Planning a Fundraising Campaign

 Planning a Fundraising Campaign

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Startup Success: A Startup Fundraising Series 

How Does a National Crisis Affect Startup Fundraising? 

I have three adult daughters and two granddaughters. During the recent coronavirus outbreak, I worry most about their personal health safety. But I’m also worried about their personal financial security, and that causes me to think about the financial health of the companies they work for.  

Startups are used to dealing with basic financial survival, but many that I talk to during these interesting times are more concerned than normal because they don’t know if their vehicles for funding their company are still available. The immediate impact to startups will be a slowdown and delay in funding activity while investors of most types try to decide for themselves how much worse things will get and how long the situation might last. The slowdown will also occur simply due to the increased difficulty of travel and recommended social distancing. Videoconferencing only goes so far when it comes to investor interactions. 

Angel investors and family offices will be much more conservative as they deal with the value of their personal investment portfolio dropping quite a bit. However, after venture fund managers have a month or two to figure out how bad things might get, I’m of the belief they will continue to invest at a similar pace as before the crisis. That’s because a fund manager for a traditional 10-year fund needs to deploy their LP’s capital within the first three years (or so) of the fund to optimize their internal rate of return (IRR) and other key fund performance metrics. They can’t just sit on the sidelines for a year. The question is whether they’ll prioritize the use of their capital to help companies they invested in from their prior fund(s), thereby protecting their portfolio and potentially investing at a good valuation for the benefit of the LP’s in their current fund.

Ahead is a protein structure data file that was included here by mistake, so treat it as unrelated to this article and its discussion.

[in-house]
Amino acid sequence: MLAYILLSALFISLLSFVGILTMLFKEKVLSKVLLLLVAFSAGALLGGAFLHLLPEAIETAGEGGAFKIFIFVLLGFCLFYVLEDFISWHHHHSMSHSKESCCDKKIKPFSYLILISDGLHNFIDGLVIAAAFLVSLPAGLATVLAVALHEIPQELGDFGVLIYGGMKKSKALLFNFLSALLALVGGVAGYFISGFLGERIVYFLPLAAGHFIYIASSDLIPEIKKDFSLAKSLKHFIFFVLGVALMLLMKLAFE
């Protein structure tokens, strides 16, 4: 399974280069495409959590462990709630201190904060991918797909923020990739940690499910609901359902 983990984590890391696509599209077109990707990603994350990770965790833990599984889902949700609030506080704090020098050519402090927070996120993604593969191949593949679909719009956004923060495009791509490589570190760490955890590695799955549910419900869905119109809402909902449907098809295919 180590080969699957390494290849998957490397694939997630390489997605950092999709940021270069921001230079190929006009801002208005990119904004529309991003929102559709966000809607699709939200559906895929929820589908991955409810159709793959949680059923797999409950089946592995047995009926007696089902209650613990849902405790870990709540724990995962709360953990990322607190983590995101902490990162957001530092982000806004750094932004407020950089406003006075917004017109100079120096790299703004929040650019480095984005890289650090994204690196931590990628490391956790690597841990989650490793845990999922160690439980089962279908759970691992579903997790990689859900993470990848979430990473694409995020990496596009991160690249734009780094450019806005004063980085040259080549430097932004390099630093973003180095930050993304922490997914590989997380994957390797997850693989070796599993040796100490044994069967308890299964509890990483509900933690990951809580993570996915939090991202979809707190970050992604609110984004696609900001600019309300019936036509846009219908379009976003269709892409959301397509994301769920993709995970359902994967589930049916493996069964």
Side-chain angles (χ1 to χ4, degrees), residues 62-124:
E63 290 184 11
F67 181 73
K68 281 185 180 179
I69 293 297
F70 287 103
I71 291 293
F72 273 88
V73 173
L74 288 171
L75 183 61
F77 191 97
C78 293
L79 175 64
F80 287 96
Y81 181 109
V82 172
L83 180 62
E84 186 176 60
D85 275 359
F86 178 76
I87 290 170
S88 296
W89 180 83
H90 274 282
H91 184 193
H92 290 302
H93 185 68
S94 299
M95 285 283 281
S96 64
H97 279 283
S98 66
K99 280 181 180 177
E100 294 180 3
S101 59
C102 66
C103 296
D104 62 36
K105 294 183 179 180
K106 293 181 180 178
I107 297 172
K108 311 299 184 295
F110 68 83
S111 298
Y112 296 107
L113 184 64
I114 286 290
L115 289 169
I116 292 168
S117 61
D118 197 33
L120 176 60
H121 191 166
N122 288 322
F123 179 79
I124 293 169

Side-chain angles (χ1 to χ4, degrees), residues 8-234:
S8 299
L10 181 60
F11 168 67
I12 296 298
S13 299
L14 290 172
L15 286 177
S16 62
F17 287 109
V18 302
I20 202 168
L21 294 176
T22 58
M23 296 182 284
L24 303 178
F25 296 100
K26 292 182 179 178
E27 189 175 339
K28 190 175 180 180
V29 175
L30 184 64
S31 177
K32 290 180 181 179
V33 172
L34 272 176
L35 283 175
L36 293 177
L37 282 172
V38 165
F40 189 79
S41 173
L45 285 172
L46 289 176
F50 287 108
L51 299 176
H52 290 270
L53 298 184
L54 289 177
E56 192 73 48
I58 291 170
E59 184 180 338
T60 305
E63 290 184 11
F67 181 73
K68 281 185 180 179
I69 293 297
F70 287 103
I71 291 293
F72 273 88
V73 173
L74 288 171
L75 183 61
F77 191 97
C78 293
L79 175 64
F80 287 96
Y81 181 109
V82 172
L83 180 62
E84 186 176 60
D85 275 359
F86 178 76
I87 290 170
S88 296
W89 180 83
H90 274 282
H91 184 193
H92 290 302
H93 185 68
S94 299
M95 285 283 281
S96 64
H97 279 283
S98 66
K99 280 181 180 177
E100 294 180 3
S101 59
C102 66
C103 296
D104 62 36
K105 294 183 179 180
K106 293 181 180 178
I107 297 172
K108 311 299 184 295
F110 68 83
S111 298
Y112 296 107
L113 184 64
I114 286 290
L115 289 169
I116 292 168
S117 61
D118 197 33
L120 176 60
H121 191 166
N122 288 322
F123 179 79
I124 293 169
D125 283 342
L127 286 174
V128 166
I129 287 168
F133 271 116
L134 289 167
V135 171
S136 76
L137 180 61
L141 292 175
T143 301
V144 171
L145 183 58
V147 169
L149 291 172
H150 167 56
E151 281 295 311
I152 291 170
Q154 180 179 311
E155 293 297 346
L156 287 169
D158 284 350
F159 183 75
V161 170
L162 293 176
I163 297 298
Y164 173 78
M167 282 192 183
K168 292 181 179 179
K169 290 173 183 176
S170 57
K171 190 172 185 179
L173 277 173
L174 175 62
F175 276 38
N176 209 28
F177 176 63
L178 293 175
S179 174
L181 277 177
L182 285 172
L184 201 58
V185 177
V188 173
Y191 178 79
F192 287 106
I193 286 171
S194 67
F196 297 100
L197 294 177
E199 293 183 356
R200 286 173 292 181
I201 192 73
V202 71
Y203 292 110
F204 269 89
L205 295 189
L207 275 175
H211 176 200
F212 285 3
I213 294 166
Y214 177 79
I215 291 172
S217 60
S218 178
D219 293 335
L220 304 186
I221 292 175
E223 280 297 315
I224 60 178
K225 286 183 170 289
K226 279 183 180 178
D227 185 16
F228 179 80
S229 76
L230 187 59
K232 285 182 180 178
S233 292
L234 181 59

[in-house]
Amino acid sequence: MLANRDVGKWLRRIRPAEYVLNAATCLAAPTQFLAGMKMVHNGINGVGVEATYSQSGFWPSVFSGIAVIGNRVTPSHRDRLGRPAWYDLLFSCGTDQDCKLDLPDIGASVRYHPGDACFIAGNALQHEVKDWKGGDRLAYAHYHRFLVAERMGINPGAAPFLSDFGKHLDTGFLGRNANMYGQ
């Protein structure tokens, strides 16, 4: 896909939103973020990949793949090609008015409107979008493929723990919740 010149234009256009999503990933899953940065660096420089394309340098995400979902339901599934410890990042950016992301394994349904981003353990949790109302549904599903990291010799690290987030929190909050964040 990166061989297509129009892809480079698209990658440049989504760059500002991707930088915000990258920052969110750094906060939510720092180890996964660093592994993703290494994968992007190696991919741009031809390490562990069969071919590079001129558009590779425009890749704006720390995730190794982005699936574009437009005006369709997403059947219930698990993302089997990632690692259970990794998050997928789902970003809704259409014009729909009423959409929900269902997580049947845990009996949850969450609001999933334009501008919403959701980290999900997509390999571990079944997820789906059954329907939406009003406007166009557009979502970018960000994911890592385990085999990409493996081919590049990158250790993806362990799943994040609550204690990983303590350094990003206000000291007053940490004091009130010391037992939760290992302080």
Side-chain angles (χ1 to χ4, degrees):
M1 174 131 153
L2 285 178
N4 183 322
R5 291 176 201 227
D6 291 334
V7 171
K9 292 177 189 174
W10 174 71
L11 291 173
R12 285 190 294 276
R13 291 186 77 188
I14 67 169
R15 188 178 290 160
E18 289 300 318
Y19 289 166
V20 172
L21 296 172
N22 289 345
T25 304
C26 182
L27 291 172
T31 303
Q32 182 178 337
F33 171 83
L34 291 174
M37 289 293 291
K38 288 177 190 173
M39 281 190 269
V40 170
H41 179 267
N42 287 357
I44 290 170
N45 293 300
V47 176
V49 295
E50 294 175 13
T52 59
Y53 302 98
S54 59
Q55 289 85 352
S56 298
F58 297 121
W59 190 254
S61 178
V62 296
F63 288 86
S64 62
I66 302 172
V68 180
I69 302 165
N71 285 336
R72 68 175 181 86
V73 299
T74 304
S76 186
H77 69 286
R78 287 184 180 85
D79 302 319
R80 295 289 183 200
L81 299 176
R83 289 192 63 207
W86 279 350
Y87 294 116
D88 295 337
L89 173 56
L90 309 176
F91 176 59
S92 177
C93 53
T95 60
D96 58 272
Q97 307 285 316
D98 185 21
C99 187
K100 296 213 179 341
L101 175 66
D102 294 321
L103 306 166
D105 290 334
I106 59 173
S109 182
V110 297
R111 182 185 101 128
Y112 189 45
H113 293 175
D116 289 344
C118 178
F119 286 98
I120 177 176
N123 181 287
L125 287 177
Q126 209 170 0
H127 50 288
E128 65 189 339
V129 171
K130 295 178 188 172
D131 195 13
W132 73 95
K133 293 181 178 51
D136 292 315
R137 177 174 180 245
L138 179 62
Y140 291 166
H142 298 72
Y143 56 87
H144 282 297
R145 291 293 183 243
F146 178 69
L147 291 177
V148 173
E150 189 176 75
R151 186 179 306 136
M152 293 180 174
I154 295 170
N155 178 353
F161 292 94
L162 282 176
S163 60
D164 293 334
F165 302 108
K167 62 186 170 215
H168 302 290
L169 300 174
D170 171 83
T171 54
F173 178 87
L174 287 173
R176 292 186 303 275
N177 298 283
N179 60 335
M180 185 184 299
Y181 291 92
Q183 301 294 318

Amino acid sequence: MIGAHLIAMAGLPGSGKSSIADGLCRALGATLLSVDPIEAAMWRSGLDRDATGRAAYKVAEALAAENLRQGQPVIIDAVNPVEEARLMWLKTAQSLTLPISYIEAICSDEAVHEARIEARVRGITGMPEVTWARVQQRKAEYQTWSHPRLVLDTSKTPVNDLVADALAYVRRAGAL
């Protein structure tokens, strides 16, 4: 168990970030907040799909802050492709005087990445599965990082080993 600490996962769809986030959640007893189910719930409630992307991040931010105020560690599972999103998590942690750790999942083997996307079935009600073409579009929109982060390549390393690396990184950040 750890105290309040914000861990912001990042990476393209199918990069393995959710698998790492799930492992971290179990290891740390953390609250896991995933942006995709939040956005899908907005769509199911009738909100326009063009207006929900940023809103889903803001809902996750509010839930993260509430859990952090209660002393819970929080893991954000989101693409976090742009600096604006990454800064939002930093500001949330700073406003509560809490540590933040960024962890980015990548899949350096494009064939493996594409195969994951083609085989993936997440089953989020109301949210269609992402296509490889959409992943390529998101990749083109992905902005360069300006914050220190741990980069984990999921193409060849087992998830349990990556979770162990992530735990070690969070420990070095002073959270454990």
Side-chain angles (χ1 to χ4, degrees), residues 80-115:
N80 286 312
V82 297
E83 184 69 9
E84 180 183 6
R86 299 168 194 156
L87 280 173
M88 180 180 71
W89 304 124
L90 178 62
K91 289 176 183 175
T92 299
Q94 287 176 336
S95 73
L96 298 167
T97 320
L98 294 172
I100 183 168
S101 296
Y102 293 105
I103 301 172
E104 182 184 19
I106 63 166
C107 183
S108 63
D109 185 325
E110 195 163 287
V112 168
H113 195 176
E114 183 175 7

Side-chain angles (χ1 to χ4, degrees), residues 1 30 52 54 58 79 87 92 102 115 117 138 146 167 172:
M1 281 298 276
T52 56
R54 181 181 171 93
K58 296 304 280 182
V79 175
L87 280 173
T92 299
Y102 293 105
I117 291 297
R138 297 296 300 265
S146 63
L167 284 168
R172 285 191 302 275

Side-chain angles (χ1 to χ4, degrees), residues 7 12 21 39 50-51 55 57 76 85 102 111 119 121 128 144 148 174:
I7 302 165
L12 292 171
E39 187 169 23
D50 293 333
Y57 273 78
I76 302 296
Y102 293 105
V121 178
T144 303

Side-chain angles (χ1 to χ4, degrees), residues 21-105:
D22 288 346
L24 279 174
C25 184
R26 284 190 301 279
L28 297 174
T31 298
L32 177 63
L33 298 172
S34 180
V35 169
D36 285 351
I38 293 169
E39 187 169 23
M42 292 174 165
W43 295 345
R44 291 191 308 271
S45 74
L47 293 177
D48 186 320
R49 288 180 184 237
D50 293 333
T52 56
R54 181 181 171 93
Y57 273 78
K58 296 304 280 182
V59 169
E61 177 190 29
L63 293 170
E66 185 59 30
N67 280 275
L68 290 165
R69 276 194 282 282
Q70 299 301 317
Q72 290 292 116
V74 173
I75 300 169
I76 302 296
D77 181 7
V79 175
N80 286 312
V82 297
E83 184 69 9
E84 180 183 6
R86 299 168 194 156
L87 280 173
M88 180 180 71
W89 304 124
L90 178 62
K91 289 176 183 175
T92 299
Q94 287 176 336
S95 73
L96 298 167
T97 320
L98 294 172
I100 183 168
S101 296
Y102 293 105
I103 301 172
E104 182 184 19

My opinion on venture funds would change quite a bit if the economy and stock market get so whacked that it causes fund LP’s to decommit on their capital calls, as happened in the years following the Great Recession. I’m also nervous about venture funds that have completed their initial close and started making investments, but haven’t yet reached their final close. Those funds will need to recalibrate their investing amounts and frequency.